It is always easier to support freedom of speech when the one who speaks agree with you politically. This is one of the “tests” on liberal and democratic values that governments tend to fail. For instance, western governments have a long history on tolerating oppressive regimes that are “friendly-minded”. Internet companies assist China in censoring search engines. And many countries respond to Wikileaks‘ obvious right to publish material that is of public interest, by seeking to “shoot the messenger”.
Publishing material that is deemed classified by the government is an obvious right that newspapers and media have practiced for many, many decades. This way, the public has become aware of abuses of power that governments should be held accountable for. The internet doesn’t change this – it merely makes information more accessible, easier to distribute, and more democratic in the sense that virtually anyone with an internet connection can contribute.
Nevertheless, many seek to redraw the map of information freedom with the emergence of institutions like Wikileaks. Political powers and institutions that ordinarily protect freedom of speech suddenly warn against the danger, the threat to security, yes even the “terrorism” that Wikileaks represent. In doing so, they fail in upholding democratic values and human rights. In fact, they contribute to the opposite. It is not, and should never be, the priviledge of politicians to regulate which crimes the public should never be told about, and through which media those crimes become known.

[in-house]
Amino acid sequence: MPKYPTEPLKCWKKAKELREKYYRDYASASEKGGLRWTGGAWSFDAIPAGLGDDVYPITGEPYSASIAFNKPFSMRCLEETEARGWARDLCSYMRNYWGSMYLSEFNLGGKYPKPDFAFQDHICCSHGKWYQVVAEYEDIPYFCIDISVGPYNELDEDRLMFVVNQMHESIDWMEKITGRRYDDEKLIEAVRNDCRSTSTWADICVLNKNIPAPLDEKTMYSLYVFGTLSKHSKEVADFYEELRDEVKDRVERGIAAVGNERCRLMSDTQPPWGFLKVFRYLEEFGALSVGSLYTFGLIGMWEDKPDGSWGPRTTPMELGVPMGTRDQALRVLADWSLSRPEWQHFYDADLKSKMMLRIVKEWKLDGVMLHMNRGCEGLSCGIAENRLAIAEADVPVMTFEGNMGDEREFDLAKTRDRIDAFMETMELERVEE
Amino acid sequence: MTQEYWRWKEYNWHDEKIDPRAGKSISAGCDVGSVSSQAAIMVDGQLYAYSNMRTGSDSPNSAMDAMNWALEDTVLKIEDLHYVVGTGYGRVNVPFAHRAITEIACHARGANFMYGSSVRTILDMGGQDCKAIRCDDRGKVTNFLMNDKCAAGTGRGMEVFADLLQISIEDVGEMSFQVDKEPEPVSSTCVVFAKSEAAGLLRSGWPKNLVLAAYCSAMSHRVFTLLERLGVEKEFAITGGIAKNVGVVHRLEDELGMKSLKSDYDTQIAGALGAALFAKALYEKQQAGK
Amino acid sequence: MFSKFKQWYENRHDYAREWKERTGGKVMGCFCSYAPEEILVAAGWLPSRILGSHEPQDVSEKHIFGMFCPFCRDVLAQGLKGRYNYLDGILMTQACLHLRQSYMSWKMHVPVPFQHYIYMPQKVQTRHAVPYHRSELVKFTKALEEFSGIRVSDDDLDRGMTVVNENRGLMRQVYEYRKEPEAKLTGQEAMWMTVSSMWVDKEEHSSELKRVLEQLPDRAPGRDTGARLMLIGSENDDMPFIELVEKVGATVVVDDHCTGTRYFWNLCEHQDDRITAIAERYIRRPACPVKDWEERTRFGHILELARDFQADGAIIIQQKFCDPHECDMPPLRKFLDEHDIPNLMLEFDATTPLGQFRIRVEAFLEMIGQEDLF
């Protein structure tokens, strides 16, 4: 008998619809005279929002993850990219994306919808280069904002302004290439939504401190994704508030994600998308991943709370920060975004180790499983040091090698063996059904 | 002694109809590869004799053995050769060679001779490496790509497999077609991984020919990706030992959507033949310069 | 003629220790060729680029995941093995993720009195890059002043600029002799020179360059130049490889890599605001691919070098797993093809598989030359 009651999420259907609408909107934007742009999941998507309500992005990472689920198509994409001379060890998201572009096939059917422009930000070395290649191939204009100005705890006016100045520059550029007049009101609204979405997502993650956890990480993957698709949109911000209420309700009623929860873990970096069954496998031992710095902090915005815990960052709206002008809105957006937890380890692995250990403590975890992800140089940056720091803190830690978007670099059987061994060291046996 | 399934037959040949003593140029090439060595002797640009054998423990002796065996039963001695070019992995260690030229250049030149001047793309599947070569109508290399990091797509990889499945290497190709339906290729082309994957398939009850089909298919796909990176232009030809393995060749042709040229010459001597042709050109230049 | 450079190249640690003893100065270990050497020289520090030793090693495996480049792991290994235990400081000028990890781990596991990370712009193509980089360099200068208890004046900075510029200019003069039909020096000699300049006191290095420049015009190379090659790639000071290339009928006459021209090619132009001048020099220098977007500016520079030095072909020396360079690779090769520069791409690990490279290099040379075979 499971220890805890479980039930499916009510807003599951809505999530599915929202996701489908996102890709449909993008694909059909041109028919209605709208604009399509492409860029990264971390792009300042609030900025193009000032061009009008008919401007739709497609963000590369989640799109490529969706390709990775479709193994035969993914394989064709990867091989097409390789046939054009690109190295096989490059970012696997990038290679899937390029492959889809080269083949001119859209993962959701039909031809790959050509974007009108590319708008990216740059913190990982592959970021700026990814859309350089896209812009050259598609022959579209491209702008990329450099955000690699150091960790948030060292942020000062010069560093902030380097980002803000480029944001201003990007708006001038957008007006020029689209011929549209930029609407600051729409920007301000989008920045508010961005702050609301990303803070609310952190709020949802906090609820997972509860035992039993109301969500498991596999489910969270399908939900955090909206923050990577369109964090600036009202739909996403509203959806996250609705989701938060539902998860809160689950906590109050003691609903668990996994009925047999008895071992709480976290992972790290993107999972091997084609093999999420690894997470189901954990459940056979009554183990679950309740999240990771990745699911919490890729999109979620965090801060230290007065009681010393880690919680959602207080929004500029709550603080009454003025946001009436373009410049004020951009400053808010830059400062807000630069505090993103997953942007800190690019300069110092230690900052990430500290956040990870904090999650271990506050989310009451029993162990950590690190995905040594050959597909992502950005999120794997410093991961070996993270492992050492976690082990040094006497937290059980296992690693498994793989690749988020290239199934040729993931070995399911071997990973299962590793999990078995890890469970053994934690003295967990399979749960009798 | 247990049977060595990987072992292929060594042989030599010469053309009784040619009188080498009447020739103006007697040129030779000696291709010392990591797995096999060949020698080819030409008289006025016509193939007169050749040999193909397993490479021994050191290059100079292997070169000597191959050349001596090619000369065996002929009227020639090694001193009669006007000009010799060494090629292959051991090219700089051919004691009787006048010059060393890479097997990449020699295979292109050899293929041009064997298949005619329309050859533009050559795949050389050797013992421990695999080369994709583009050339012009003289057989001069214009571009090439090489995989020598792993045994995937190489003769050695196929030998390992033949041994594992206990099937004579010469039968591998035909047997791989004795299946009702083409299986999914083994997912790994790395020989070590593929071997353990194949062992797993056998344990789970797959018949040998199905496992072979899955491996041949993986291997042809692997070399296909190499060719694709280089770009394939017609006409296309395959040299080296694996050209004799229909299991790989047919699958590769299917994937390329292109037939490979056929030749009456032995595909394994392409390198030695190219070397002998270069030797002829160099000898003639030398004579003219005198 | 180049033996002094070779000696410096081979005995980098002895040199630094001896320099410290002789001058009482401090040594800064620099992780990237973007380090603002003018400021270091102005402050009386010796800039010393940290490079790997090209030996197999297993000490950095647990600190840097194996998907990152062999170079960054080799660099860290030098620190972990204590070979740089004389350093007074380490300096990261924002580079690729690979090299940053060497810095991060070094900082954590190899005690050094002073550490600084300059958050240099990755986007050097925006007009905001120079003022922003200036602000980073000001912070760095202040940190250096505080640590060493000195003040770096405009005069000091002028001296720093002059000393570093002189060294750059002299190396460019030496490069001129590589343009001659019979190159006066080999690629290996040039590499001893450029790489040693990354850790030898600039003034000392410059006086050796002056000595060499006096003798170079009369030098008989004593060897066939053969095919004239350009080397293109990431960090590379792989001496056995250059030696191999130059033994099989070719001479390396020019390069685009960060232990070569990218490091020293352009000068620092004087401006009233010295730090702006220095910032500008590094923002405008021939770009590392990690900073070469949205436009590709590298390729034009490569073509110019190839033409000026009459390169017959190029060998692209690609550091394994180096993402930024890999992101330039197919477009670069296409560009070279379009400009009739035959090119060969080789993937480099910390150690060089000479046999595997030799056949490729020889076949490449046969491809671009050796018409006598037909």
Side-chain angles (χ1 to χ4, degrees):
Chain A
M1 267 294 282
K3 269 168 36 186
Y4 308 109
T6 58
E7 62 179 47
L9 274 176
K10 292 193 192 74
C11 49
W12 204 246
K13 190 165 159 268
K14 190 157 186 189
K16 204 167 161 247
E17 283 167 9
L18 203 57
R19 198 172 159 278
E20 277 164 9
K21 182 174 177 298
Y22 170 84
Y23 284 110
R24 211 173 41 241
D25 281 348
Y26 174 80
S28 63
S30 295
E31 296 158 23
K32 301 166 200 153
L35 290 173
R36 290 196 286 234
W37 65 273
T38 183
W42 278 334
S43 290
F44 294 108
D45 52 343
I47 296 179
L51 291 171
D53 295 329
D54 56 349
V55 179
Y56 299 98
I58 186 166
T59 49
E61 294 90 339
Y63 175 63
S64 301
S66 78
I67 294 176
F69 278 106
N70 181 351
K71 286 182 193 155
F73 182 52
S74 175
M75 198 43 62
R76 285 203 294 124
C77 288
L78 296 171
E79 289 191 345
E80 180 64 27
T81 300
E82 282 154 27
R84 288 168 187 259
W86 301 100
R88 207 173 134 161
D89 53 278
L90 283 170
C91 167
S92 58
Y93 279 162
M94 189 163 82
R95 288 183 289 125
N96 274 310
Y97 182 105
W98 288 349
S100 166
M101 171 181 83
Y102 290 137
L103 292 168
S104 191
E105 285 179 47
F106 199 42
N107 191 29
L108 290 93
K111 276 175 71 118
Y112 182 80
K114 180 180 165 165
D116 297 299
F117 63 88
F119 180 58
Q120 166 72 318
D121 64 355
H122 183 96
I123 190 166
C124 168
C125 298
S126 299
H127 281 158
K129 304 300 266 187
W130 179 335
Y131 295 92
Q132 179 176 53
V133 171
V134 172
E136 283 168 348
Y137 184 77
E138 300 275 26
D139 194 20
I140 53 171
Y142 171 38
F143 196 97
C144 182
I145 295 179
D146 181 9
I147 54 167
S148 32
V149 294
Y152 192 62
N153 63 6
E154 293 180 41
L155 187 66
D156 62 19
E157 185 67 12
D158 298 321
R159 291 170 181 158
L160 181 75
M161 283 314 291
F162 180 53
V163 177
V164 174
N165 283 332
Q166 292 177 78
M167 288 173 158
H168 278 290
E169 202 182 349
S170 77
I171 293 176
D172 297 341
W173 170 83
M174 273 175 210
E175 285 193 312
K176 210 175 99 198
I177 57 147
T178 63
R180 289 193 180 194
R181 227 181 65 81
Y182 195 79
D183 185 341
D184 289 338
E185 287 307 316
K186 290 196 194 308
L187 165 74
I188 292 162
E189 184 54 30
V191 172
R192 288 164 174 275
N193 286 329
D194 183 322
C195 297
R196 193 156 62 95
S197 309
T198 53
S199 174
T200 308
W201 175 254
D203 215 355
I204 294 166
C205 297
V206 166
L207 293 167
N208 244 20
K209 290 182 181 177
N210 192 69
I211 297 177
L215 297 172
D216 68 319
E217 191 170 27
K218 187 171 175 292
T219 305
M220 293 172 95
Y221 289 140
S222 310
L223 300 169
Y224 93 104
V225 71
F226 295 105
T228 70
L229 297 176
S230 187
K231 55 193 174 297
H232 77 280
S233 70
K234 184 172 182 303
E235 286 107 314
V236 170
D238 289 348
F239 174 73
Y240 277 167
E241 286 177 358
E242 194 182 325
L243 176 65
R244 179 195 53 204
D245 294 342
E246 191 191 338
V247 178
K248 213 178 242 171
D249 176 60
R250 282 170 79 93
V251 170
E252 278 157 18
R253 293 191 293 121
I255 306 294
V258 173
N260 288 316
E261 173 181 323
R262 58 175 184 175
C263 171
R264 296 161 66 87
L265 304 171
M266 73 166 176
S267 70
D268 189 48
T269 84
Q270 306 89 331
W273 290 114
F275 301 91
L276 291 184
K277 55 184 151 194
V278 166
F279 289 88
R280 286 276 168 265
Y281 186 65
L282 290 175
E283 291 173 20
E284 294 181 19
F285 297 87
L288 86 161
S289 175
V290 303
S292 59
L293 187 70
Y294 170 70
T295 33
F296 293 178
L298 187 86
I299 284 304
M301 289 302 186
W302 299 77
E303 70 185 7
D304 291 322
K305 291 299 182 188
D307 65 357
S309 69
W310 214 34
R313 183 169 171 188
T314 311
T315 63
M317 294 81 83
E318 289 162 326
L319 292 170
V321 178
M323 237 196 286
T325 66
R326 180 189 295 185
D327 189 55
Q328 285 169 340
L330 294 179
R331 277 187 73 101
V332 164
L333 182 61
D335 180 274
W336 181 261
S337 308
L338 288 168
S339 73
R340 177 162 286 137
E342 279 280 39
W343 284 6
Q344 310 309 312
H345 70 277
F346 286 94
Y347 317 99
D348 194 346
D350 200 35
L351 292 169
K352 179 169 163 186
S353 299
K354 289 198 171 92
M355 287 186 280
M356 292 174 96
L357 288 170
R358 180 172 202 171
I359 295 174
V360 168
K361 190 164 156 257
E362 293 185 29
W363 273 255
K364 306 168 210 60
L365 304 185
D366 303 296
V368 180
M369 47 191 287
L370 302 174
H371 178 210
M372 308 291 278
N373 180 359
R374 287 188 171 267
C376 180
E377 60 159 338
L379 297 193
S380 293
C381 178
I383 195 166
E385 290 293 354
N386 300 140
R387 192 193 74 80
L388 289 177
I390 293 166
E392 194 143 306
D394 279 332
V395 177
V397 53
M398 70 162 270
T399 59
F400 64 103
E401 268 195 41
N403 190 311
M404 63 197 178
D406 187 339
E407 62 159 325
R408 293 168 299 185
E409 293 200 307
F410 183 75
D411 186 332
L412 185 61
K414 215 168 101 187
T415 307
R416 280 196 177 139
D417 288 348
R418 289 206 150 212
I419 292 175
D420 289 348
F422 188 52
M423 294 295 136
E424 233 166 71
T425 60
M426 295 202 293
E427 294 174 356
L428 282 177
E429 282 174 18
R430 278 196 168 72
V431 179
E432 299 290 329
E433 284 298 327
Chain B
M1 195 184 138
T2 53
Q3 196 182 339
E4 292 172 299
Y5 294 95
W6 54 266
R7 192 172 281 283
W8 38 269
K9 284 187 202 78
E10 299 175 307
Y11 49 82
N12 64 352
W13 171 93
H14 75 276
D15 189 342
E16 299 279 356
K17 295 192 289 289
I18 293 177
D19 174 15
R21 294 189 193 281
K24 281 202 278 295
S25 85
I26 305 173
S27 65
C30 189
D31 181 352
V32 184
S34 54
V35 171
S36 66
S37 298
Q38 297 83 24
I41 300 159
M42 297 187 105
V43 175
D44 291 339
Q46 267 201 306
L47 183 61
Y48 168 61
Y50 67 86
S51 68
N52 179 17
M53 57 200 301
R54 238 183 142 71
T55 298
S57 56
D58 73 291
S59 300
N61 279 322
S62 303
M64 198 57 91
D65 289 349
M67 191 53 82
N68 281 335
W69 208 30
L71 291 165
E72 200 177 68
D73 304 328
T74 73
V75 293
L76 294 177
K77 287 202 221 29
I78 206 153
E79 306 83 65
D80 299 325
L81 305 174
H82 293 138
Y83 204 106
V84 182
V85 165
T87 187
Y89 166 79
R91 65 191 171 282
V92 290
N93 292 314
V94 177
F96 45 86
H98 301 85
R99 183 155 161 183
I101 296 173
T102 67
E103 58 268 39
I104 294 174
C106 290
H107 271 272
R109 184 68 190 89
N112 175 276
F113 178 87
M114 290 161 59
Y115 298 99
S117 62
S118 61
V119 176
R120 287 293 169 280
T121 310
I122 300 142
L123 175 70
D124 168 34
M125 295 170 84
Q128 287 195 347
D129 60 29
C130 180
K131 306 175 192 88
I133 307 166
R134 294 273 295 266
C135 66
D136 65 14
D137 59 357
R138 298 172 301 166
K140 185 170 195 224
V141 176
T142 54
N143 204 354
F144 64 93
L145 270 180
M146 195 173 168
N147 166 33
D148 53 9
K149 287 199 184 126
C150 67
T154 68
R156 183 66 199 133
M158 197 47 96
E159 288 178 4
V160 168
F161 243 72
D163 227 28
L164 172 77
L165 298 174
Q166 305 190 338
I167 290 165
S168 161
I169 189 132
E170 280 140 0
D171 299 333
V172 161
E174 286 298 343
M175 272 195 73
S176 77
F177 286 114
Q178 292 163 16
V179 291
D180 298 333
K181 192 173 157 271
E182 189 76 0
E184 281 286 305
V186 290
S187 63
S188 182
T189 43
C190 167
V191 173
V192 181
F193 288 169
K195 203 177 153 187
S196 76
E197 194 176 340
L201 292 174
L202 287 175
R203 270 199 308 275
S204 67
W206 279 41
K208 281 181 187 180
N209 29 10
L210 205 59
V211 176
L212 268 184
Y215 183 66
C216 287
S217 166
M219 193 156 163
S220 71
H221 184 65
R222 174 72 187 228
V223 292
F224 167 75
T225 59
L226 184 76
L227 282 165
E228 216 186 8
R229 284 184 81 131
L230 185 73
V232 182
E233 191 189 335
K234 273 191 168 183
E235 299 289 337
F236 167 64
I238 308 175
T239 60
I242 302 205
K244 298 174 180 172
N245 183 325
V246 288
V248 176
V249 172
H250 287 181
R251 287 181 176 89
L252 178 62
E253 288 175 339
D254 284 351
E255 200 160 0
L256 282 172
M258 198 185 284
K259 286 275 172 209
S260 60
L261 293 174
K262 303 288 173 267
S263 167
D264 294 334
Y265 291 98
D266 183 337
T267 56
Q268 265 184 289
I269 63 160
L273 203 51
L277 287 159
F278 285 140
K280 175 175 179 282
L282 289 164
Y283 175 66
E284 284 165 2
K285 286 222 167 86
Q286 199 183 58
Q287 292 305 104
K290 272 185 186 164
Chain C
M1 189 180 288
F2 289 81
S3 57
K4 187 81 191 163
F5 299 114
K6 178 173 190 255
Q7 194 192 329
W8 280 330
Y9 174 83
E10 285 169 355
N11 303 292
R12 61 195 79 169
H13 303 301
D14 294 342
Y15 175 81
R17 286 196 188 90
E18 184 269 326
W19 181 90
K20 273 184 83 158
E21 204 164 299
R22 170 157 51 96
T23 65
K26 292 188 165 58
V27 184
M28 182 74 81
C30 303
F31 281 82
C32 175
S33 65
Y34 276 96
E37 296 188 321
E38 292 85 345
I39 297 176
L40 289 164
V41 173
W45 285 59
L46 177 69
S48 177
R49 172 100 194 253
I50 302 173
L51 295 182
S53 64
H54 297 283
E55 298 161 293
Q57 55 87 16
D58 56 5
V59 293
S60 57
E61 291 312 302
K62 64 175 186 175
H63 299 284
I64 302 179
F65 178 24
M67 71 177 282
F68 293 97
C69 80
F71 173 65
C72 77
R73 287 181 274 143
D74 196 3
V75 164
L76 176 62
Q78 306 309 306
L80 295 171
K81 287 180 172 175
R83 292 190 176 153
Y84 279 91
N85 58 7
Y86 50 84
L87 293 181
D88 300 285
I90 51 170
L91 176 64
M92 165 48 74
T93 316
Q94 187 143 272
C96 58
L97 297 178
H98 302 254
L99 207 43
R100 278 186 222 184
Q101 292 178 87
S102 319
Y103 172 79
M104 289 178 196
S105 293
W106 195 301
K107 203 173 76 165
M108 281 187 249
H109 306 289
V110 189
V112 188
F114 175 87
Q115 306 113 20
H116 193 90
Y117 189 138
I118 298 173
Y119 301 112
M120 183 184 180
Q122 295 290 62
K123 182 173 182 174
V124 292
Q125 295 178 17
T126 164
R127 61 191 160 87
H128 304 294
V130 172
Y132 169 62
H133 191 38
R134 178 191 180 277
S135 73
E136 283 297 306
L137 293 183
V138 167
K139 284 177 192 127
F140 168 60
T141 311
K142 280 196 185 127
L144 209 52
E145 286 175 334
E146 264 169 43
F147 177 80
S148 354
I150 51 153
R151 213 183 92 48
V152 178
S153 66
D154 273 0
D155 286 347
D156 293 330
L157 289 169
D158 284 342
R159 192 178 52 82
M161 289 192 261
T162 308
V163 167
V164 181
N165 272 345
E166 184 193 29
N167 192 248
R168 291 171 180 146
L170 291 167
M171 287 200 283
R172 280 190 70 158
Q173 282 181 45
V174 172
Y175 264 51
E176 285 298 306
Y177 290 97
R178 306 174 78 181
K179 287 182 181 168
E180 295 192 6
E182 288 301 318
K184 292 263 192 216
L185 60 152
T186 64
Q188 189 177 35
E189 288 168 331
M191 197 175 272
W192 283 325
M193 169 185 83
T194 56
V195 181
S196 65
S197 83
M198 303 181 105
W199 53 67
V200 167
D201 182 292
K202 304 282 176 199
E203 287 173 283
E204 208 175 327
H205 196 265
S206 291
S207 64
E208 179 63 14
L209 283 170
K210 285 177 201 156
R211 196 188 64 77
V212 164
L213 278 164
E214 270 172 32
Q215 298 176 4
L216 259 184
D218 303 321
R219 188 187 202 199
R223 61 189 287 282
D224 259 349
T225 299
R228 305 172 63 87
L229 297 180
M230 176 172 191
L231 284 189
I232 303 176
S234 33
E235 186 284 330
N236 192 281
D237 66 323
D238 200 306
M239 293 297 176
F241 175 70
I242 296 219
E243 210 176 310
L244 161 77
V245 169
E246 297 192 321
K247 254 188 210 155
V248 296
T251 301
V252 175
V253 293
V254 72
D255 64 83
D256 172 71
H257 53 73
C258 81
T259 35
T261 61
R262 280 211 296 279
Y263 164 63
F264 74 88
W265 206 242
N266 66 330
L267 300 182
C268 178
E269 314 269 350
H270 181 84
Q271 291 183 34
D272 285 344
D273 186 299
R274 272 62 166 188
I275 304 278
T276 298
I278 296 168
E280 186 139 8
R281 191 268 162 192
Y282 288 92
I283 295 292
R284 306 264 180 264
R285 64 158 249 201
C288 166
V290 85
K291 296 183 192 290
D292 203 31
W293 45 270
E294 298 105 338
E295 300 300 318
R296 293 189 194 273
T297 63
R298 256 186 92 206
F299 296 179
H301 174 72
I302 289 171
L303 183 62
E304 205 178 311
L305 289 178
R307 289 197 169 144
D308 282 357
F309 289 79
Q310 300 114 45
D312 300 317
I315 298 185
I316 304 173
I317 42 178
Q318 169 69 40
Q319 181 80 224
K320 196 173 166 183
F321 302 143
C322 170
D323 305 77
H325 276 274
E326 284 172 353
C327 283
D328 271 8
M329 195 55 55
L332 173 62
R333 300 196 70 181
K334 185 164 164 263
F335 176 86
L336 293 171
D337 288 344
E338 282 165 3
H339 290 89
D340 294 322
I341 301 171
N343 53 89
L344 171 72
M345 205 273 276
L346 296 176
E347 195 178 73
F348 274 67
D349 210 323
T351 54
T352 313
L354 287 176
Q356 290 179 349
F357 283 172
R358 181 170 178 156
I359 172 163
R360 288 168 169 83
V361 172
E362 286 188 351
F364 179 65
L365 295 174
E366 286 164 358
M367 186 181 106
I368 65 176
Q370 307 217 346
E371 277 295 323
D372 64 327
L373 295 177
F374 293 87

Liu Xiabao was awarded the Nobel Peace Prize last year for his struggle for human rights, democracy and freedom of speech in China. Likewise: Wikileaks have contributed to the struggle for those very values globally, by exposing (among many other things) corruption, war crimes and torture – some times even conducted by allies of Norway. And most recently: By disclosing the economic arrangements by the presidential family in Tunisia, Wikileaks have made a small contribution to bringing down a 24-year-lasting dictatorship.
It would be a crime to ban or oppose the right to publish such information. It should instead be protected, regardless of what we might think of the contents of some (or even all) of the published material. I am proud to nominate Wikileaks for the Nobel Peace Prize.